I have three sisters, and we are all lucky to have a mother who regularly cooked and baked for us as kids. We came together for family dinners every night, regardless of soccer practices or homework or bad moods. Sometimes dinner was simple: brown rice and sliced green beans, sautéed chicken and pasta, or spaghetti with broccoli. Sometimes it was fancier. Regardless of the meal, there was always dessert. My mother excels at dessert. She makes the perfect oatmeal cookie (packed with chocolate chips and raisins and Grape-Nuts cereal). She can make a flawless peach pie, the most ethereal angel food cake, and a chocolate pudding you'd want to bathe in. She makes homemade vanilla ice cream, brownies that teeter between fudgy and cake-like, and an apple cake that would make anyone want to eat an apple a day.
But one of her best recipes is one that rarely made an appearance in our kitchen: Orange Sweet Rolls. Loosely tied to special occasions or long weekends, but sometimes just by surprise, these rolls are exceptional—and as an avid baker, I do not say that lightly. Their rarity rendered them famous (with me and my sisters).
They have all the sophistication and decadence of a cinnamon roll, along with the fun swirled shape, but none of the fuss. Instead of making a yeasted dough, you make a quick, one-bowl biscuit dough. You pat the dough out into a rectangle and spread it with a layer of orange filling.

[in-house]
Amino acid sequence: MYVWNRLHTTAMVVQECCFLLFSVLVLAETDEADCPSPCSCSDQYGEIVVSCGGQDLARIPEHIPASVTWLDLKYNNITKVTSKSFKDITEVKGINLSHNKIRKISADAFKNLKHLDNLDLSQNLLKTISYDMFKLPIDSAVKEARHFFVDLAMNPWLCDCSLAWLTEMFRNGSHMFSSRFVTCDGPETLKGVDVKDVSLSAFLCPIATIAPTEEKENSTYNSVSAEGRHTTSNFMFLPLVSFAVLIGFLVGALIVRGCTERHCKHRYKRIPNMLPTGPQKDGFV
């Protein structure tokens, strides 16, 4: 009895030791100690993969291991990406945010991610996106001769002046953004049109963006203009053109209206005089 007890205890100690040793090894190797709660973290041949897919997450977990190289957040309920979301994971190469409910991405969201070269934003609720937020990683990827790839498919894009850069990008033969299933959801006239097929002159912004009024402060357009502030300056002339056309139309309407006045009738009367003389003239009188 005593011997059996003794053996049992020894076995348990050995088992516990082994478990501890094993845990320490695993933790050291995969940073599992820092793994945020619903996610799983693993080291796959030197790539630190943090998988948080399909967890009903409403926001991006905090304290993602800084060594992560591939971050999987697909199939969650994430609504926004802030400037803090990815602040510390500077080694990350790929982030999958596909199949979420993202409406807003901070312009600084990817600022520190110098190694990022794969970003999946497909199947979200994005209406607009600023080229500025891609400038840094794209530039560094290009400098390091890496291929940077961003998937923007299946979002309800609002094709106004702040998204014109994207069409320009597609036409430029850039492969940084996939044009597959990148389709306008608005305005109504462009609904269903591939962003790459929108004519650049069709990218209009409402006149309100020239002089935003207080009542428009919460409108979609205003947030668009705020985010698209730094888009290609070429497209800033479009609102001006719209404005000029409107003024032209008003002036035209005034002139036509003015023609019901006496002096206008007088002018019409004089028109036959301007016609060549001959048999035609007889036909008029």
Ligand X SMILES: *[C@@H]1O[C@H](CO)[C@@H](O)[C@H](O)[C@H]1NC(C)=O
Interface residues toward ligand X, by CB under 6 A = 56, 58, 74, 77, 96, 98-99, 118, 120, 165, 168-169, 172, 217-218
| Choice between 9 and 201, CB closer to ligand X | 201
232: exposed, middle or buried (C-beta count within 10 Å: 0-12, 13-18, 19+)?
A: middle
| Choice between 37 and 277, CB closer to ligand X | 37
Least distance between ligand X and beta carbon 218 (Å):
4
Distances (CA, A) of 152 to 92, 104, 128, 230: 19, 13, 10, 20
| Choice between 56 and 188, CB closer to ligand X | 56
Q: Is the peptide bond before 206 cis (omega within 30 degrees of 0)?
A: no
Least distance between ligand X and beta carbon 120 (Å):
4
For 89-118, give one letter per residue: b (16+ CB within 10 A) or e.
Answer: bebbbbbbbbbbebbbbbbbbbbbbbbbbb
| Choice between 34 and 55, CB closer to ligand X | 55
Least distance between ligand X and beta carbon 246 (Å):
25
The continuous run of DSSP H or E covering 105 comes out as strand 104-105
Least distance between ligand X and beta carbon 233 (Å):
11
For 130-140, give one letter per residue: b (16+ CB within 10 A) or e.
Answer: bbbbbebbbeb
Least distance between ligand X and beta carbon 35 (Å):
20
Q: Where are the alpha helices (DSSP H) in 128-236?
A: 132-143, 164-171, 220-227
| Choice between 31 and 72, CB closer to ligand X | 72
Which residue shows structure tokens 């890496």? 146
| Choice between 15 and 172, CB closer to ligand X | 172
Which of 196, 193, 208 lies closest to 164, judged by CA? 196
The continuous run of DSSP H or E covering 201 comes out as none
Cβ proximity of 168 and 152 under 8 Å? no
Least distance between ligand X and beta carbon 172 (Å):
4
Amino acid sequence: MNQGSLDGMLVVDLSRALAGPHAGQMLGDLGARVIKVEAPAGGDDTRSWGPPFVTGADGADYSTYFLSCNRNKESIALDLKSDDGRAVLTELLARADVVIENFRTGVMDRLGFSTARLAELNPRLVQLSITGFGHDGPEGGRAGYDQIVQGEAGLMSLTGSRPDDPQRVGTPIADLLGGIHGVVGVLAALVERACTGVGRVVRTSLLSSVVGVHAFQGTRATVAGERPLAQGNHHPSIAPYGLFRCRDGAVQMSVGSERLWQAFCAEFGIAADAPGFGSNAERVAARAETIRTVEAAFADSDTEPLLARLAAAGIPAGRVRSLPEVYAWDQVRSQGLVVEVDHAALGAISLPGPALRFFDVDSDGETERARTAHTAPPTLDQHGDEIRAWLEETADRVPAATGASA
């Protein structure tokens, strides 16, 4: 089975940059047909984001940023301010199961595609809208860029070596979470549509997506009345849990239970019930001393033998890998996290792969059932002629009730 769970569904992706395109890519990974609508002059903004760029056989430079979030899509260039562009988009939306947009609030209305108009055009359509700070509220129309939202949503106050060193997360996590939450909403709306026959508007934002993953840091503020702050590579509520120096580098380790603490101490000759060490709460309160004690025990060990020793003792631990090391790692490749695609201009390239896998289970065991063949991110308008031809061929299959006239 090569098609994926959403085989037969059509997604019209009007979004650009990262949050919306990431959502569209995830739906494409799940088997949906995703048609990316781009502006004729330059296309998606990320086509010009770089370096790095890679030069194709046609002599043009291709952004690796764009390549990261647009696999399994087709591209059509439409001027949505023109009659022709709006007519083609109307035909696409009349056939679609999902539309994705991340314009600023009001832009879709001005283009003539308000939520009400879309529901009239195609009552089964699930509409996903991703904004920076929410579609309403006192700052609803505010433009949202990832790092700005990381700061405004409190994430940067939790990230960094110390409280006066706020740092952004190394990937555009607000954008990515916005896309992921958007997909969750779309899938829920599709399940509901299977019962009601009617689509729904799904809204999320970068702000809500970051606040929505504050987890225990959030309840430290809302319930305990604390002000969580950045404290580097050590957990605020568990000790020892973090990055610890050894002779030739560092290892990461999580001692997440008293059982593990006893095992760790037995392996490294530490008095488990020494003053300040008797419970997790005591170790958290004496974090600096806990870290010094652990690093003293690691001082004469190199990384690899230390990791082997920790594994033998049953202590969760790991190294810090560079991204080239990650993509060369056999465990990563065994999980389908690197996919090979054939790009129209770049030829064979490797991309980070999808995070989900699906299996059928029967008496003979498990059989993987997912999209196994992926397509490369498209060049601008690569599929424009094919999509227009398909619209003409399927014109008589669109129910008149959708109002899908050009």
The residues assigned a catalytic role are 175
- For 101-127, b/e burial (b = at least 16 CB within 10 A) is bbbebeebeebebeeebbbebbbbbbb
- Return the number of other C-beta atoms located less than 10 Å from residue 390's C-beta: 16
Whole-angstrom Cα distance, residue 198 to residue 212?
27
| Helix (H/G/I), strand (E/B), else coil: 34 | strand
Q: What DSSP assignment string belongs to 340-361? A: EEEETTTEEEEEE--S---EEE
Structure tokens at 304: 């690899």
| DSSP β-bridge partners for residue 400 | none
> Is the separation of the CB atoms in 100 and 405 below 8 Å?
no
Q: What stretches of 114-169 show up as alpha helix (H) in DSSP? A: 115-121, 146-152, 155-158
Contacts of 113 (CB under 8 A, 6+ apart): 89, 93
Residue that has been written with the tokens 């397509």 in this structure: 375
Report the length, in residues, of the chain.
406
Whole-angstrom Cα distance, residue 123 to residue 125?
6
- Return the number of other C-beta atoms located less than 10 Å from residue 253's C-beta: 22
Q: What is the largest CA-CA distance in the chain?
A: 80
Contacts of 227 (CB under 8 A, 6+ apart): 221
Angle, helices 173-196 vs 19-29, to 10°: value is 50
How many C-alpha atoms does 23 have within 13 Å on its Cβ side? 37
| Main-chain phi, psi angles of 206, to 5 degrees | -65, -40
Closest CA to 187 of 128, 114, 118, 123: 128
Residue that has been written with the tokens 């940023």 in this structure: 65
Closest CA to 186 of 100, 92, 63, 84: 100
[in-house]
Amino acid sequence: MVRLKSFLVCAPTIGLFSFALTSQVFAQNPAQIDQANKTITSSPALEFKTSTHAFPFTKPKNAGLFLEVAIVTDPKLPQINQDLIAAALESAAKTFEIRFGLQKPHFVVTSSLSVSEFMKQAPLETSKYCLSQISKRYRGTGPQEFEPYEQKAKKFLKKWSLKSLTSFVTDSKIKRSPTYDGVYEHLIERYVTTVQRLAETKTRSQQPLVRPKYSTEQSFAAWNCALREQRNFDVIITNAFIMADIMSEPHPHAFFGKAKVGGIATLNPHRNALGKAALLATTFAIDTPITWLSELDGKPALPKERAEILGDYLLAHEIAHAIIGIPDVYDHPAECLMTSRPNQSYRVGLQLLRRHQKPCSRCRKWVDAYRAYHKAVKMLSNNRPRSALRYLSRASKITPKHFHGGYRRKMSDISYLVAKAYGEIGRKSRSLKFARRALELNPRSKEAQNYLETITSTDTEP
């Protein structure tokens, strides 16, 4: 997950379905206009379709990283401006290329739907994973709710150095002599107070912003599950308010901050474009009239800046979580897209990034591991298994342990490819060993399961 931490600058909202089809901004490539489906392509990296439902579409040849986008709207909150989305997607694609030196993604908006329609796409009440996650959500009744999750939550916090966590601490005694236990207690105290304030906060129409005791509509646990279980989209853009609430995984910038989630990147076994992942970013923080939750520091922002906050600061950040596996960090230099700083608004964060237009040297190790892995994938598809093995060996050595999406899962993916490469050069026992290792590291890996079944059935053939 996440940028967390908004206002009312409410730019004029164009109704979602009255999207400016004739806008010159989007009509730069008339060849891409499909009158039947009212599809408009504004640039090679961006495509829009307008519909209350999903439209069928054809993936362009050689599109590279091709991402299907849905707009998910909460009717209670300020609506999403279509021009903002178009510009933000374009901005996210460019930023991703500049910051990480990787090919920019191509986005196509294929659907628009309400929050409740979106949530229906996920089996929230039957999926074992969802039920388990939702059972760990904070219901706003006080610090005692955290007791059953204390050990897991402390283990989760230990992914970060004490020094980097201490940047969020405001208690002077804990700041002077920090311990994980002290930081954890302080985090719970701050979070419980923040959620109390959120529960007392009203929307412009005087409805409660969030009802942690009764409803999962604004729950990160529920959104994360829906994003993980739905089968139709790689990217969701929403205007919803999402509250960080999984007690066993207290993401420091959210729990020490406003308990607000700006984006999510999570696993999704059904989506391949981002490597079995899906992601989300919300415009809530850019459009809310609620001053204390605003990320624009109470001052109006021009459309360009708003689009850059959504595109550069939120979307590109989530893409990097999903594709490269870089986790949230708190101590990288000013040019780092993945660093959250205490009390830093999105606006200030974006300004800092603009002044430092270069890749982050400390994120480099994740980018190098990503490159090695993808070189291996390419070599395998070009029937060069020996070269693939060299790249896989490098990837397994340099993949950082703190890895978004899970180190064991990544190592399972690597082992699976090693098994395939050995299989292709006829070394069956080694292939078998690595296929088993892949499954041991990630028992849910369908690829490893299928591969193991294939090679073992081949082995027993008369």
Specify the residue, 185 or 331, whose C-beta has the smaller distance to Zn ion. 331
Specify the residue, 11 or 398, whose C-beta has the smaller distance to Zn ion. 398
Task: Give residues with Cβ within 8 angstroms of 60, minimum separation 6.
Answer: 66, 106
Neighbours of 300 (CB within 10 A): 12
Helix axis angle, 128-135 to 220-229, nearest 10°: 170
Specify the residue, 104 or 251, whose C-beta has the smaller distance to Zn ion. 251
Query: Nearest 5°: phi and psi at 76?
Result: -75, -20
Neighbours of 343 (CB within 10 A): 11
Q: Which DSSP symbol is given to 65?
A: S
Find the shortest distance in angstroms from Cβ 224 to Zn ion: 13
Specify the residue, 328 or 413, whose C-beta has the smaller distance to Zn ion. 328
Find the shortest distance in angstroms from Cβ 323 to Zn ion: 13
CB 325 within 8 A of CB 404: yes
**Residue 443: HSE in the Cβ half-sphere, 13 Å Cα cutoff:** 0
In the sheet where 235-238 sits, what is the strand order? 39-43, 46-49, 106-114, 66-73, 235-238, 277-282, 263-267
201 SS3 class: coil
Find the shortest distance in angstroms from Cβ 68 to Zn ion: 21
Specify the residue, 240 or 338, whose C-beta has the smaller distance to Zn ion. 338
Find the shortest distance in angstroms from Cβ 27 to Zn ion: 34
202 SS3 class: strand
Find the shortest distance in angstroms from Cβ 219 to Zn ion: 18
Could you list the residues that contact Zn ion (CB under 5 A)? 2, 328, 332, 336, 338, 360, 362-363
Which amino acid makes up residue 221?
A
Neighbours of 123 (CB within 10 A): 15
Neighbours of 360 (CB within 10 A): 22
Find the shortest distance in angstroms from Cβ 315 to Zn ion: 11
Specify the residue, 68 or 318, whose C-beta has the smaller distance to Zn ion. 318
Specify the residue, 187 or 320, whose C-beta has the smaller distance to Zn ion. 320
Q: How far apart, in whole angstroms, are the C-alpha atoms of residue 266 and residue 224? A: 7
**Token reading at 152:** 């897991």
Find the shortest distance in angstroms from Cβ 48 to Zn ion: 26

The filling is even simpler than the dough: Just cook together butter, flour, orange zest, orange juice, and sugar for a few minutes until it thickens slightly. It's very sweet, but the biscuit dough itself has no sugar, so it balances out perfectly. When the filling bakes, it thickens even further into wonderfully jammy, marmalade-like swirls within the buttery dough.
My mom used to bake these rolls in a 9" x 13" glass pan, nestling the rolls up against one another. If you do that, they'll be softer and doughier, which I personally love. If you choose to make them in a muffin tin like I did here, though, they'll get crispy, buttery edges with a sticky, jammy base where the filling pools. I recommend the muffin tin if you're planning to transport them, but the one-pan approach is better if you're serving them at a brunch or breakfast table.
This is an excellent recipe for any novice bread baker. It turns out perfectly every time without any fancy technique, but it looks complicated and tastes like you spent years in a French bakery honing your skills. Be sure to reserve some extra filling to brush over the tops of the rolls once they're baked. If you want to up the citrus factor, you could add some lemon or lime zest to the filling as you cook it.
I won't be with my mom on Mother's Day, but if I could make her a batch of these to thank her for all the times she baked, cooked, and nourished us with such love and enthusiasm and good food, I would.
For the filling
- 6 tablespoons unsalted butter
- 3 tablespoons flour
- 1/3 cup orange juice
- 2 tablespoons orange zest
- 1/2 cup sugar
For the dough
- 2 cups (240 grams) flour
- 1 tablespoon plus 1 teaspoon baking powder
- 1/2 teaspoon salt
- 3 tablespoons cold unsalted butter
- 1 cup cold milk
What are some of your favorite recipes from mom? Let us know in the comments!